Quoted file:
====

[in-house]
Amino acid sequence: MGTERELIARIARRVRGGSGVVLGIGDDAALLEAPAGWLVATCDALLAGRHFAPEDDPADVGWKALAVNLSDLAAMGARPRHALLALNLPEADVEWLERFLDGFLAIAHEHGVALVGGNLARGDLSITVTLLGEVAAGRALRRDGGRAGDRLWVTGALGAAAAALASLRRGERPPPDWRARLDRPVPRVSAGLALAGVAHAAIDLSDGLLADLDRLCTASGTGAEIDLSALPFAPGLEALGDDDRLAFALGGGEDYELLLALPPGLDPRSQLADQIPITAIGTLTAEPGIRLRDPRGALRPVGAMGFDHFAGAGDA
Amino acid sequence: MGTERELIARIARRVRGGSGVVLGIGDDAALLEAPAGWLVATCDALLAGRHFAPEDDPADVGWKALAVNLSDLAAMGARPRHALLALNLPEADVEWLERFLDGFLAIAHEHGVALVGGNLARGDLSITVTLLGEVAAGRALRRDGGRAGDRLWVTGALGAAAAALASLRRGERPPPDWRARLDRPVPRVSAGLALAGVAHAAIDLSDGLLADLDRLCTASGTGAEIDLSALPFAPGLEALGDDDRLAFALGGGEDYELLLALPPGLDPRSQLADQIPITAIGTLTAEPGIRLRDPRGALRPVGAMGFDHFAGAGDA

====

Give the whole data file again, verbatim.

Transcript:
[in-house]
Amino acid sequence: MGTERELIARIARRVRGGSGVVLGIGDDAALLEAPAGWLVATCDALLAGRHFAPEDDPADVGWKALAVNLSDLAAMGARPRHALLALNLPEADVEWLERFLDGFLAIAHEHGVALVGGNLARGDLSITVTLLGEVAAGRALRRDGGRAGDRLWVTGALGAAAAALASLRRGERPPPDWRARLDRPVPRVSAGLALAGVAHAAIDLSDGLLADLDRLCTASGTGAEIDLSALPFAPGLEALGDDDRLAFALGGGEDYELLLALPPGLDPRSQLADQIPITAIGTLTAEPGIRLRDPRGALRPVGAMGFDHFAGAGDA
Amino acid sequence: MGTERELIARIARRVRGGSGVVLGIGDDAALLEAPAGWLVATCDALLAGRHFAPEDDPADVGWKALAVNLSDLAAMGARPRHALLALNLPEADVEWLERFLDGFLAIAHEHGVALVGGNLARGDLSITVTLLGEVAAGRALRRDGGRAGDRLWVTGALGAAAAALASLRRGERPPPDWRARLDRPVPRVSAGLALAGVAHAAIDLSDGLLADLDRLCTASGTGAEIDLSALPFAPGLEALGDDDRLAFALGGGEDYELLLALPPGLDPRSQLADQIPITAIGTLTAEPGIRLRDPRGALRPVGAMGFDHFAGAGDA